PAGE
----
But Goffin had other ideas, saving a second match point before breaking serve on his fourth chance of the game to force a tiebreak.
A forehand error from Goffin saw Verdasco lead 4-2 in the breaker. Two more match points escaped Verdasco but he finally closed out the clash on his sixth opportunity when Goffin sent a backhand long.
“It was not easy today, it was tough to breathe, I didn’t have a lot of energy tonight. It was not easy for me to breathe but in the end I fought in the second set and even if I had the flu, I think I had to take this second set and maybe in the third set it would have been much better. At the end, I had a lot of opportunities in the second set and I had to take them,” said a disappointed Goffin, who looked flat and out of sorts – a stark contrast to the energetic, explosive Belgian who reached the Abu Dhabi final last Saturday, beating Andy Murray en route.
“He played really well, it was tough to make a winner here in the slow conditions so he was quite solid, he has a lot of power in his forehand and his serve, it was not easy to counter him.”
The temperature had dropped significantly in Doha on Wednesday which made for slower conditions.
“It was already slow two days ago and today it was much slower because of the lower temperatures and with the wind it was not easy, it was from the side. It wasn’t easy conditions. Of course it’s a pity to lose this one, but next time,” added Goffin.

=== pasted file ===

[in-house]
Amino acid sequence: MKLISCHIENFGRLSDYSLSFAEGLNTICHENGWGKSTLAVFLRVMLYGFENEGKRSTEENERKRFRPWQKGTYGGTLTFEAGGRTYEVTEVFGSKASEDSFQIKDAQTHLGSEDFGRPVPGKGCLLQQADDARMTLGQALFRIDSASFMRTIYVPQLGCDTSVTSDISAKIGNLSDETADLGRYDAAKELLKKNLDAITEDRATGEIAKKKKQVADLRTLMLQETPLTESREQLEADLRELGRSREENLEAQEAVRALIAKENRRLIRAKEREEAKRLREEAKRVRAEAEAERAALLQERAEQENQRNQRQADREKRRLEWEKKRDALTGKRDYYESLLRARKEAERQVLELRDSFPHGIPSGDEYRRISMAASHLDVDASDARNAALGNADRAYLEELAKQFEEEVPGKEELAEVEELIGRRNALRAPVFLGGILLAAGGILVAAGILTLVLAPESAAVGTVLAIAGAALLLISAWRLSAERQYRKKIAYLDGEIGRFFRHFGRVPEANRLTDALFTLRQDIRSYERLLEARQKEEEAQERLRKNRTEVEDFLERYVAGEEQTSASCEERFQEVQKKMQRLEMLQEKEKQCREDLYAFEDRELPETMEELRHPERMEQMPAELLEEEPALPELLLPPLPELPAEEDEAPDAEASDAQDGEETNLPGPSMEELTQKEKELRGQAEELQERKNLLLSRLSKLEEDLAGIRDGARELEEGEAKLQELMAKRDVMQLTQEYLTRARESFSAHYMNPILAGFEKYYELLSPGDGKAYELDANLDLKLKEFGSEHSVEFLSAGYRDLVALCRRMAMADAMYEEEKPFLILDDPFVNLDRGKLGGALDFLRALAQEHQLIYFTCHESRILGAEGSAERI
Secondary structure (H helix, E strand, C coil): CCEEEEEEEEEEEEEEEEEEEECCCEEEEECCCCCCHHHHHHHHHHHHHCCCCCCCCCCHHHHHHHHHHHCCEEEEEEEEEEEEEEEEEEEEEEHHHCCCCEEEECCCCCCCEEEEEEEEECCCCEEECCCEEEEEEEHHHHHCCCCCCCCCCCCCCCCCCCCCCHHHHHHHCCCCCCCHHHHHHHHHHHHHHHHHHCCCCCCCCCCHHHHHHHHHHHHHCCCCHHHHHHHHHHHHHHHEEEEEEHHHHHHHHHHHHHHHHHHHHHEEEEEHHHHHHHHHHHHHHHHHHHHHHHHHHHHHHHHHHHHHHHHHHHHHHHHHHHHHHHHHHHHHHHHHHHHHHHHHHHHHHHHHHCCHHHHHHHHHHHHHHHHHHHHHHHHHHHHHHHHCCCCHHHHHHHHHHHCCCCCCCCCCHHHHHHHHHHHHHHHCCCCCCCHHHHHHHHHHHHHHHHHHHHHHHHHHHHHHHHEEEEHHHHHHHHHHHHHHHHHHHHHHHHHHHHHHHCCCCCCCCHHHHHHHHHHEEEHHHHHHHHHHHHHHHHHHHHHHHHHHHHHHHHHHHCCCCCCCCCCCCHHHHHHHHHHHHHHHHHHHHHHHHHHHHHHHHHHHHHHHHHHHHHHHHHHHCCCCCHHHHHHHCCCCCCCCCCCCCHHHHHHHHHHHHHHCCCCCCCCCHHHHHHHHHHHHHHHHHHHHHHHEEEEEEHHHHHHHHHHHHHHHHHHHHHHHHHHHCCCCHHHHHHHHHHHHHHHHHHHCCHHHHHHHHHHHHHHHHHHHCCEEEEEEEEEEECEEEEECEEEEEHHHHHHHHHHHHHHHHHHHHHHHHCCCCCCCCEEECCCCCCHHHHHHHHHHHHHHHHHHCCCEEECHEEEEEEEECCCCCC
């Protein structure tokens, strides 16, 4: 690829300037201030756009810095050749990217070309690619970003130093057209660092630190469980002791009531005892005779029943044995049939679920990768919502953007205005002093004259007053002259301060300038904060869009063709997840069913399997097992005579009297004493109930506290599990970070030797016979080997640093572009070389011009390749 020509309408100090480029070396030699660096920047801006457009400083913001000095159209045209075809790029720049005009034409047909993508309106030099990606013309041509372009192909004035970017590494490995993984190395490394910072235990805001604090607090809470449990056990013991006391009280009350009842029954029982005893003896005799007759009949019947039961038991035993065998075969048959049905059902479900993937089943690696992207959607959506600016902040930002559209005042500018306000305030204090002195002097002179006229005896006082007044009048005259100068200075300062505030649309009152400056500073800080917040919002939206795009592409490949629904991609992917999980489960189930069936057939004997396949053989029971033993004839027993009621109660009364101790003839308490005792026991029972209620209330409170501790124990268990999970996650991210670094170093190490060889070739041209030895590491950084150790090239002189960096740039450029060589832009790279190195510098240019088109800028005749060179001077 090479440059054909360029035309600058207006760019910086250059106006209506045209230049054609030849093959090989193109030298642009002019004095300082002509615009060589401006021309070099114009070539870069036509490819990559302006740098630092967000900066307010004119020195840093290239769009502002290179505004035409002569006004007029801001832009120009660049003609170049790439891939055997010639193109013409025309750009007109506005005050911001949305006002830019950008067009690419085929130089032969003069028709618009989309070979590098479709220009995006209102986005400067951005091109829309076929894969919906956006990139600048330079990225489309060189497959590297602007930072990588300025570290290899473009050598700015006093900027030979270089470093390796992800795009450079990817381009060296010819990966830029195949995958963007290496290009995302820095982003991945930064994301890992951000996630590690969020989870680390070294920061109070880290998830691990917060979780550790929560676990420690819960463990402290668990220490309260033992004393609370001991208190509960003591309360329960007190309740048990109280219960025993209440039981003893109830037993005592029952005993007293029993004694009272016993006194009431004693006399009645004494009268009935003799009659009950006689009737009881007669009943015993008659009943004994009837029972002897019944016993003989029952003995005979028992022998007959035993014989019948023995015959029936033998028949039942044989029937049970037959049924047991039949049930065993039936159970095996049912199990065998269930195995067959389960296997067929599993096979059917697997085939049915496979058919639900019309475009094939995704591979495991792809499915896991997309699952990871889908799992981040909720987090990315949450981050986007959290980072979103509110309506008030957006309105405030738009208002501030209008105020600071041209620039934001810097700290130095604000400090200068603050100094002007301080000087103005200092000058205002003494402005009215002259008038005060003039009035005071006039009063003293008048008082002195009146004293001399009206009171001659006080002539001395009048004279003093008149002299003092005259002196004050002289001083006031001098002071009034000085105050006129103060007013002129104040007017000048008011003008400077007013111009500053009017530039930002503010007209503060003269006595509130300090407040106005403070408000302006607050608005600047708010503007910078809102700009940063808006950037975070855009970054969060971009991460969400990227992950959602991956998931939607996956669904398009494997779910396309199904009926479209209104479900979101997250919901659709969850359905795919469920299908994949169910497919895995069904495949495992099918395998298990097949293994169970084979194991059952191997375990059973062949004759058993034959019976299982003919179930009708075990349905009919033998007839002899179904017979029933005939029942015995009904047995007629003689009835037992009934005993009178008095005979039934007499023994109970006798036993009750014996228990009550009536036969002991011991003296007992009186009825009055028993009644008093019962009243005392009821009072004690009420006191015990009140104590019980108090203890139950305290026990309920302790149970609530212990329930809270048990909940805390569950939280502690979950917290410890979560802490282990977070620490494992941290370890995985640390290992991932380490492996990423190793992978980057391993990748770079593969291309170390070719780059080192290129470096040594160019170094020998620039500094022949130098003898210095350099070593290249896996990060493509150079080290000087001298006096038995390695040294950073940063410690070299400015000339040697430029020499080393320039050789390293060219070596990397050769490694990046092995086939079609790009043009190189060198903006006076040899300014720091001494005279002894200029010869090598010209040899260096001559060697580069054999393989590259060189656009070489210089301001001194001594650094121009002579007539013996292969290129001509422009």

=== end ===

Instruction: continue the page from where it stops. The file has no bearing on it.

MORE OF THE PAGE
The 26-year-old was making his Doha debut and next heads to Melbourne where he’ll take part in an exhibition in Kooyong before the Australian Open.
Asked if he would reconsider starting the season in Doha next season and prefer to go elsewhere, Goffin said: “It’s a really nice tournament, it’s perfect. I think it’s very different if you compare it to the conditions in Australia. In Australia it’s hot, and the ball, is not flying, but the conditions are faster than here, so it’s quite different.
“So we’ll see. I like this tournament, it was nice to be here but we’ll see now the transition between Doha and Melbourne. If I can play good tennis there, then why not come back here?”
On his part, Verdasco, who faces Ivo Karlovic in the quarter-finals on Thursday, was pleased with his own resilience.
“It was tough, but I kept trying and I kept fighting and I finally did it. It was important to finish in two sets because if not then third set we would be starting from zero and everything could change,” he said.
For someone who was ranked in the top-10 and has reached a grand slam semi-final (Australian Open 2009), it must be hard adapting to life outside the top-40.
Asked how he plans on making his way back up the rankings, Verdasco said: “It’s not easy, when you lose your ranking, it’s not easy to come back because you have the top players in the first and second rounds so it’s tough to pass that and to get more points.
“But you know, at the end the key is to keep fighting, even if you fall, just try to get up as soon possible, keep working hard, practicing hard, and trying your best in competitions.
“Sometimes things don’t come the way you want, sometimes you have to fight so hard, as I did for example today in the second, and at the end, these are the kind of matches that help you to get the confidence, get the rhythm and to be able to get back with a better ranking.”